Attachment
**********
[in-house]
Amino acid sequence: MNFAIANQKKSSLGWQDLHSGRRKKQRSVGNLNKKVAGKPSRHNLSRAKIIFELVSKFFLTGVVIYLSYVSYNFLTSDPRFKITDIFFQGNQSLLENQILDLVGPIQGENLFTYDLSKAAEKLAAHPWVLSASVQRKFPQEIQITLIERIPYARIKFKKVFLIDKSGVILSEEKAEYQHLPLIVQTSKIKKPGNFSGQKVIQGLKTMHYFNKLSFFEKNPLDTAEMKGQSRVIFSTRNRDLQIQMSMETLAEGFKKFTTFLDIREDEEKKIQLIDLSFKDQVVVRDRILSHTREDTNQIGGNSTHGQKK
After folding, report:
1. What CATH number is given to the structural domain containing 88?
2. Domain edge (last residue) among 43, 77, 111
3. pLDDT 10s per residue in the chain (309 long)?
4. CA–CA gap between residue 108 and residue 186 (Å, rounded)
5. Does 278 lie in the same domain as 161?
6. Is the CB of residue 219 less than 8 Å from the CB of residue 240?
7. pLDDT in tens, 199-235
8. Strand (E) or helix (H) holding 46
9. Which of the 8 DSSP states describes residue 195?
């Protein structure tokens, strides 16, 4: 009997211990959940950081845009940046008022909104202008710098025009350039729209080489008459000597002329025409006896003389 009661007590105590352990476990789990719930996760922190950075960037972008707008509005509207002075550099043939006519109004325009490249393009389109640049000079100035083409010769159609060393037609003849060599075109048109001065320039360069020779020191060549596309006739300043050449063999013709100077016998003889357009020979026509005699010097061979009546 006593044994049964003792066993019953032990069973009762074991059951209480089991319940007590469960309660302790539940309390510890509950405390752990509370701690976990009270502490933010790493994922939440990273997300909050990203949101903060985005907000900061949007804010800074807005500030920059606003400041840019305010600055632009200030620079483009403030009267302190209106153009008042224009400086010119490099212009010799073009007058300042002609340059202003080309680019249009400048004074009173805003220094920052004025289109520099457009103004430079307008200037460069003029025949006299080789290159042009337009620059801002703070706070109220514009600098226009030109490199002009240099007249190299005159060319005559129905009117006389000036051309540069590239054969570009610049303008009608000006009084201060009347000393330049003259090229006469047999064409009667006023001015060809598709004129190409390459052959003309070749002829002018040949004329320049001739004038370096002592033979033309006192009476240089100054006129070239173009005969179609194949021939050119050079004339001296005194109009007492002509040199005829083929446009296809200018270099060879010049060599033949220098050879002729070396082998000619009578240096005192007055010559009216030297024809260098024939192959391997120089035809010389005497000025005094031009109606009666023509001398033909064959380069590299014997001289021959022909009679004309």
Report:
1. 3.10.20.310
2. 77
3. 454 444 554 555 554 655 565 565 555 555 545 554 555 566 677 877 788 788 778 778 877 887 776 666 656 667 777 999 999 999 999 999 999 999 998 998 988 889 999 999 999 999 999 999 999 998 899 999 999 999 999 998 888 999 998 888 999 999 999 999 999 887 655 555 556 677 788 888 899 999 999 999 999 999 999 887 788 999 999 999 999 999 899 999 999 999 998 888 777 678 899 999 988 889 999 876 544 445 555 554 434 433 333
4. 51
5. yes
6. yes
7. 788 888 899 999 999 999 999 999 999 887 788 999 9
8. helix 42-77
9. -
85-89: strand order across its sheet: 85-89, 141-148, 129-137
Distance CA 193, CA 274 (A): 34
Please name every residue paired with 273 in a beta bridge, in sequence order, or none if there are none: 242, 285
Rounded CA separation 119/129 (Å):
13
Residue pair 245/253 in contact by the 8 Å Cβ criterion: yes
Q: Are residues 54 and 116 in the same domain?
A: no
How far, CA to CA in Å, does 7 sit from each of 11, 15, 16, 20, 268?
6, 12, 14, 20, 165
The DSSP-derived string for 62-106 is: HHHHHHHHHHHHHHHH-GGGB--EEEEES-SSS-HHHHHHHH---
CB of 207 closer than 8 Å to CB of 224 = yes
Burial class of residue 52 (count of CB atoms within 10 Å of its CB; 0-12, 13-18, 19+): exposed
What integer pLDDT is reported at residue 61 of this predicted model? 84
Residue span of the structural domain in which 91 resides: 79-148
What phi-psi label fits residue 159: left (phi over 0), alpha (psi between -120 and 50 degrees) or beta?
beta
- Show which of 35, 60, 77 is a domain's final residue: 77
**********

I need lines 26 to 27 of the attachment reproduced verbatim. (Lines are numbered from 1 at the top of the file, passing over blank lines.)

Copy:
Please name every residue paired with 273 in a beta bridge, in sequence order, or none if there are none: 242, 285
Rounded CA separation 119/129 (Å):